Supreme Court sends environmental group packing; loggers, ranchers celebrate
It’s a common complaint among loggers, ranchers, petroleum drillers, fishermen and other industries that depend on natural resources—federal regulations are taking over like creeping vines. With recent decisions from the Environmental Protection Agency (EPA) that have attempted to regulate everything from carbon dioxide to storm water, a growing number of businesses are chafing under an unmanageable tangle of permitting, clearances, and sticky red tape.
But while trends suggest that business owners can expect a steady increase in environmental guidelines, it also appears that federal regulation is not without bounds. In a serious victory for natural resource users, the Supreme Court ruled last week that culverts and ditches that convey storm water runoff from forest roads into streams should not be considered “point sources” of pollution, and are therefore not subject to regulation under the Clean Water Act (CWA).
The suit pitted Portland, ORbased group Northwest Environmental Defense Center (NEDC) against the Oregon Department of Forestry, though a host of industry groups filed amicus briefs in the case. A key point of NEDC’s argument was that runoff from logging roads should be considered industrial pollution. The Supreme Court disagreed.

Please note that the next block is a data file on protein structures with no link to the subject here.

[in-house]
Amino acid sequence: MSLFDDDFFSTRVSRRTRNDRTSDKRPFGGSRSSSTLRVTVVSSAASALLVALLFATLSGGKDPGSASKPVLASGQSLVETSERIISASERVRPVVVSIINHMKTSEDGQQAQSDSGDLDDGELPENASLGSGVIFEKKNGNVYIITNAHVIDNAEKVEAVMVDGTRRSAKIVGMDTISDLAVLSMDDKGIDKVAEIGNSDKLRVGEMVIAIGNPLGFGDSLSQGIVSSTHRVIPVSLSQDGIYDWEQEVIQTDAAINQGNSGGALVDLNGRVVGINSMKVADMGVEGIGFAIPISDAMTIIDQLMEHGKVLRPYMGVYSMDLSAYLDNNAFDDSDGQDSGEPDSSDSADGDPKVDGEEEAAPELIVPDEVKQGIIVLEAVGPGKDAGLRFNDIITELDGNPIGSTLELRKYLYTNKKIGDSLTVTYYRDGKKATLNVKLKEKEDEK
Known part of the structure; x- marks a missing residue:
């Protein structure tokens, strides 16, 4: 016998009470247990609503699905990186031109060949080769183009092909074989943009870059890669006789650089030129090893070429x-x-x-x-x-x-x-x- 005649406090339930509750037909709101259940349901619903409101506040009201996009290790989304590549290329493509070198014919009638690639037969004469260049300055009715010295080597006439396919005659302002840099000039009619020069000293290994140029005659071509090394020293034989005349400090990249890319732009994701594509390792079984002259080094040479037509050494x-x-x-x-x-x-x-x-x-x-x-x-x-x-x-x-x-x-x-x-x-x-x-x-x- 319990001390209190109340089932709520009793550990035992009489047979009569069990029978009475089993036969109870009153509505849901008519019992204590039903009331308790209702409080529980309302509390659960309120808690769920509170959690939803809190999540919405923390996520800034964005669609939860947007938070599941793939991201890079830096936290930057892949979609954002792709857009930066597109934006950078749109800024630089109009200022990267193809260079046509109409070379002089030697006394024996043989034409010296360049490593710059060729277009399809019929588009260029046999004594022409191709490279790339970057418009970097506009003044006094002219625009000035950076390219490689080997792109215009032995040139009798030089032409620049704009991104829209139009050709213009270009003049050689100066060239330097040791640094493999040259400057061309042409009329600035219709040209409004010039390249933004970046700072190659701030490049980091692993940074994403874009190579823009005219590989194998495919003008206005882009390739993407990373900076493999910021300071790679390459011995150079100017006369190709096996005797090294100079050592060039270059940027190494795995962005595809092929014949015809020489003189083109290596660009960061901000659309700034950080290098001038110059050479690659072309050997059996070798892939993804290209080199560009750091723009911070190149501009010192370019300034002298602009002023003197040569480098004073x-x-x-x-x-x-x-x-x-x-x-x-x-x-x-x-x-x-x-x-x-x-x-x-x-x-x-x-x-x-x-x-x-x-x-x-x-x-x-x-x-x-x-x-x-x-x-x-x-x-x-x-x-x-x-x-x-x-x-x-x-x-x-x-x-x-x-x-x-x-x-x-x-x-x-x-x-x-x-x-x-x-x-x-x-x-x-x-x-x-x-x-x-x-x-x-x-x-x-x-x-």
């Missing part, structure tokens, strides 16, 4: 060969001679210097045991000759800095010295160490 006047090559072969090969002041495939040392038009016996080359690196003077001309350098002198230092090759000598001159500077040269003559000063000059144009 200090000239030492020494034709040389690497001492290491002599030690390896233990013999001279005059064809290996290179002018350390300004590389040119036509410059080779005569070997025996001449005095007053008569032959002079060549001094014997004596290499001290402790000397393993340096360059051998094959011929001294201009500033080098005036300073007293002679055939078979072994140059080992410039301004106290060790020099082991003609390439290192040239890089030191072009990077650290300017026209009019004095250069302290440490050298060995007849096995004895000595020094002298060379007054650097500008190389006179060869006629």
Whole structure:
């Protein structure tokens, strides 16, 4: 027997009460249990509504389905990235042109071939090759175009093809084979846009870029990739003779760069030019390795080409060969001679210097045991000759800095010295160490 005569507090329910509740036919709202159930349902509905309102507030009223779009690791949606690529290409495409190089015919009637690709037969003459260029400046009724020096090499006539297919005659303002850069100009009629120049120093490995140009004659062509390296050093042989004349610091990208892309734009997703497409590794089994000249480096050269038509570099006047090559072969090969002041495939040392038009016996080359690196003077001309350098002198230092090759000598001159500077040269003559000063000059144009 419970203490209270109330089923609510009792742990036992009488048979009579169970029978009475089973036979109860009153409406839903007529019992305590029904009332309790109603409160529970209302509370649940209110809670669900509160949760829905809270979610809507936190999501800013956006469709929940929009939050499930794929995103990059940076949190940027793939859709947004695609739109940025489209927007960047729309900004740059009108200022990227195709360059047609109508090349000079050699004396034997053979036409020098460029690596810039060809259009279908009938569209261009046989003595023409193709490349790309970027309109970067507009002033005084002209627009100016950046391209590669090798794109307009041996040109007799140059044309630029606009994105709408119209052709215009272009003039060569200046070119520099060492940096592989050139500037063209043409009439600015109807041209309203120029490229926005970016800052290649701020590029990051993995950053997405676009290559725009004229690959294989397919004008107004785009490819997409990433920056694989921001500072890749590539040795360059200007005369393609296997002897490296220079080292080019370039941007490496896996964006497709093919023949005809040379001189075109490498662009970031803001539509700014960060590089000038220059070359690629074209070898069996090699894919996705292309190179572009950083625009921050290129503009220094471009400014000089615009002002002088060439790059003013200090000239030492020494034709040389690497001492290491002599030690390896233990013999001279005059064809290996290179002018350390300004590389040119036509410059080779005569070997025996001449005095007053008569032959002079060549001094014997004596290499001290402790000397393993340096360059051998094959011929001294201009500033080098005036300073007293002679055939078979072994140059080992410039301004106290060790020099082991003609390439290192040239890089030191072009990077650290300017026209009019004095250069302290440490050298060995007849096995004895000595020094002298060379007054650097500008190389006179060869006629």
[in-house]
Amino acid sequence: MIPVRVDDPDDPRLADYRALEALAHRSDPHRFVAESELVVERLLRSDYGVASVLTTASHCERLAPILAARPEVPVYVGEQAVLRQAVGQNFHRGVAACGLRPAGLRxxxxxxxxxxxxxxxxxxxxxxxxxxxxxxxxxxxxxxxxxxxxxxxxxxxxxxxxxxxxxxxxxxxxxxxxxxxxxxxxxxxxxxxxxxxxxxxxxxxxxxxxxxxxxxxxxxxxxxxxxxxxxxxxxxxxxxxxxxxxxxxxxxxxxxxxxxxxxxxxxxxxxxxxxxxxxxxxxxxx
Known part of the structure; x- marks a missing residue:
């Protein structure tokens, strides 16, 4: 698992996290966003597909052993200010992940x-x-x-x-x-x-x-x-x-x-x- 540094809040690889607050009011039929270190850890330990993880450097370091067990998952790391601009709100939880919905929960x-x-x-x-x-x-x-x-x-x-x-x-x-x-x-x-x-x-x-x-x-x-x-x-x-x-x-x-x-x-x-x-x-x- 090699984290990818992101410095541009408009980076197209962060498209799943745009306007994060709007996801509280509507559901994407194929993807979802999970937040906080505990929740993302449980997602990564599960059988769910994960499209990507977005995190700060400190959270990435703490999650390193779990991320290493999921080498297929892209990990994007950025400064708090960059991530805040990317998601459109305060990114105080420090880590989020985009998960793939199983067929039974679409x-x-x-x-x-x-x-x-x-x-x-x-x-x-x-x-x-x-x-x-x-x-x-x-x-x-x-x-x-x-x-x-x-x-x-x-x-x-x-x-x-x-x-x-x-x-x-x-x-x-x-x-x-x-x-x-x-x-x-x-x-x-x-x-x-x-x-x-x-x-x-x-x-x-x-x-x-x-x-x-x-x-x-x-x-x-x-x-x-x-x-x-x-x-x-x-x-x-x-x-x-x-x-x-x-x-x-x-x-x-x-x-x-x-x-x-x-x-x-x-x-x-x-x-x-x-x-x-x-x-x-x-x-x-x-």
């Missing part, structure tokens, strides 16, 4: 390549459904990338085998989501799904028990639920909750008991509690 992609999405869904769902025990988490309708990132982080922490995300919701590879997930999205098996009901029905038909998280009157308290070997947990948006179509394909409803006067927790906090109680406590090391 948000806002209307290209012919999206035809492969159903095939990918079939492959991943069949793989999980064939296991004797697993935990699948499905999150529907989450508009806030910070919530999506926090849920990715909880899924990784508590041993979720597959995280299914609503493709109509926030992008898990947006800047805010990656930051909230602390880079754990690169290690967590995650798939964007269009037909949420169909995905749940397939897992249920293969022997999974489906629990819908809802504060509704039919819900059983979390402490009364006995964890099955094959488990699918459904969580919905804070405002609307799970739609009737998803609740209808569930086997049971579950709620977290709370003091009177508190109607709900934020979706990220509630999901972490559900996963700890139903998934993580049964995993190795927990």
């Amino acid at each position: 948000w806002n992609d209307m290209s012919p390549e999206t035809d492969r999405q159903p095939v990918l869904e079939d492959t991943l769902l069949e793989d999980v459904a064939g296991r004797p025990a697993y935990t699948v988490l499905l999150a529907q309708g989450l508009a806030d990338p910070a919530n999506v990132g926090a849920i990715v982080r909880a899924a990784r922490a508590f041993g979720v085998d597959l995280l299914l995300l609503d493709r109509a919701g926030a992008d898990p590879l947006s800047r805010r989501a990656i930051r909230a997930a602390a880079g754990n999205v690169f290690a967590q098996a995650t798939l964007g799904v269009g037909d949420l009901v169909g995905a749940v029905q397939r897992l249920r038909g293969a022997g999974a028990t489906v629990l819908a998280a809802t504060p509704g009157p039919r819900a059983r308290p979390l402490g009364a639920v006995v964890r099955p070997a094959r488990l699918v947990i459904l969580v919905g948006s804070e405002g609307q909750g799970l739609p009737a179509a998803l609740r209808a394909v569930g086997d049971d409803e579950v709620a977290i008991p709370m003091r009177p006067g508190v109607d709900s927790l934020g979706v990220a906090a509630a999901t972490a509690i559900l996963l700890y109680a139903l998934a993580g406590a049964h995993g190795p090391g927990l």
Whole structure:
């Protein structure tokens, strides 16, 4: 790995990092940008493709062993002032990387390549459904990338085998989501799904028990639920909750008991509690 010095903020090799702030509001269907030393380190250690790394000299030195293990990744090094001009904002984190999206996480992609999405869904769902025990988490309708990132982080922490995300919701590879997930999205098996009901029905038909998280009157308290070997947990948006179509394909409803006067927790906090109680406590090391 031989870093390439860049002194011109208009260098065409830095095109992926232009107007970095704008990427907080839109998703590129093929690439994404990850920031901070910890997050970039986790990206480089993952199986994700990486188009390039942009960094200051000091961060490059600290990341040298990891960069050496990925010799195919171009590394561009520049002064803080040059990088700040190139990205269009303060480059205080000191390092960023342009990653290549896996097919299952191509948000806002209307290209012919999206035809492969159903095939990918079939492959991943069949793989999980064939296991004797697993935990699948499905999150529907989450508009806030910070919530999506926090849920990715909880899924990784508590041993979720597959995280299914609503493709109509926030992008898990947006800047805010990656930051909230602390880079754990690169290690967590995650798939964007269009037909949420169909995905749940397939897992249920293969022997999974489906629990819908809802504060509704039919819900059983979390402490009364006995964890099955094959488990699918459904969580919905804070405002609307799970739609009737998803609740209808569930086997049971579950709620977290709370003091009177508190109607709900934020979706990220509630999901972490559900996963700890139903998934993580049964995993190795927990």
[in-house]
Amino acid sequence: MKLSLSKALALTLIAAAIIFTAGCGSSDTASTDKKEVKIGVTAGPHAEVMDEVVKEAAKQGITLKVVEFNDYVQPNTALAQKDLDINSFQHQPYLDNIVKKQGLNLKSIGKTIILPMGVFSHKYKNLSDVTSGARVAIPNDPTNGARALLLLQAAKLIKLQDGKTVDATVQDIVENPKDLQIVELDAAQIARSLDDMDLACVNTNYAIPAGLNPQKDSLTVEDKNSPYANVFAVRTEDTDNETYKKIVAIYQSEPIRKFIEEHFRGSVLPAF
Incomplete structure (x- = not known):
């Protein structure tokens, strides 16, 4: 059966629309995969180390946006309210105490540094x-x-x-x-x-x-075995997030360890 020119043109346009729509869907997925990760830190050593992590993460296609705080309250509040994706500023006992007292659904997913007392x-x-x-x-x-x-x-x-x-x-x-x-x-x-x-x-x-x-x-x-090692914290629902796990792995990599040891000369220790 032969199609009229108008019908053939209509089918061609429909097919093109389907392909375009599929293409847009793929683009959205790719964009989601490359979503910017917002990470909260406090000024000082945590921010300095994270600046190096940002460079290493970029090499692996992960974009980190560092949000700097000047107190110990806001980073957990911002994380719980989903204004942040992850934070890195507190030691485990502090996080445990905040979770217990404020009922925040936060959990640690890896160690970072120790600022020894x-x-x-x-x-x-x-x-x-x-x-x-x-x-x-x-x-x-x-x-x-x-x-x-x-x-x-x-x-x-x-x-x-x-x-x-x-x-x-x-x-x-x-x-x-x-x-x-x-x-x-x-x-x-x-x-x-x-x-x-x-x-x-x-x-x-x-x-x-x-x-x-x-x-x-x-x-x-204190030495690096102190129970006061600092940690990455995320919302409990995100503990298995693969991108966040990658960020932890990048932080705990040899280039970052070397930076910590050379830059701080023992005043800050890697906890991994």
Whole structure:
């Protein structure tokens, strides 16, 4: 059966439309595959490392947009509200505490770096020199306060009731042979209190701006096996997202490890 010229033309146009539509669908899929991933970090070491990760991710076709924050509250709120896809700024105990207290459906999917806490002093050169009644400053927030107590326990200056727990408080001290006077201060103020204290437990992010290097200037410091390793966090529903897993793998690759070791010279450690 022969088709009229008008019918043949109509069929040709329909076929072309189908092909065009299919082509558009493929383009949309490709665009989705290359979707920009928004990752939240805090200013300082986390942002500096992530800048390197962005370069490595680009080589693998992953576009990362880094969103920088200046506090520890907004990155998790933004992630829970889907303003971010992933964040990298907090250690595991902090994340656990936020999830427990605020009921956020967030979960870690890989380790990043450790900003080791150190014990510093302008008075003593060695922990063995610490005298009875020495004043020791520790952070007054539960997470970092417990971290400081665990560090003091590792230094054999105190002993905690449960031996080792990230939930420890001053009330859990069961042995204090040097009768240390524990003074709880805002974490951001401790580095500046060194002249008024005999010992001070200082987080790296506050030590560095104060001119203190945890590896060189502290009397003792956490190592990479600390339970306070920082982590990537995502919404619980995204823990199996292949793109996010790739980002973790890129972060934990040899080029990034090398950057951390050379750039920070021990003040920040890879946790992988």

Pacific Legal Foundation attorney Daniel A. Himebaugh, counsel for the American Forest Resource Council (AFRC), strongly endorsed the decision.
“The court should be applauded for striking a blow for simple common sense,” Himebaugh said in a statement. “The claim that rainwater on forest roads is ‘industrial pollution’ is a serious contortion of the Clean Water Act, and the Supreme Court was right to reject it decisively.”
The decision overturns a 2010 ruling by the 9th Circuit Court which held that— like factories, sewage treatment plants and feedlots— water conveyances on forest roads were point sources of pollution under the CWA and are subject to regulation under the National Pollutant Discharge Elimination System. Had that decision stood, it is likely that private and public owners of forest roads would have had to apply to EPA for approval of every runoff drainage conveyance on forest roads.
Critics contend that the vastly expanded regulation would have resulted in an unmanageable gridlock of permitting on thousands of miles of roads, as well as setting the table for a veritable feast of environmental litigation.
“The consequences would have been huge,” said Tom Partin, president of AFRC. “If the (9th Circuit) decision had been upheld, every culvert would have had to have a permit. It would have been an opportunity to have a myriad of lawsuits.”
NEDC filed the suit in 2006, claiming that logging trucks in the Tillamook State Forest were causing silt to run off logging roads into streams, harming fish and aquatic life. Although a federal district court dismissed NEDC’s claim in 2007, the 9th Circuit later reversed that ruling, which was again reversed by the Supreme Court last week, much to the satisfaction of natural resource users.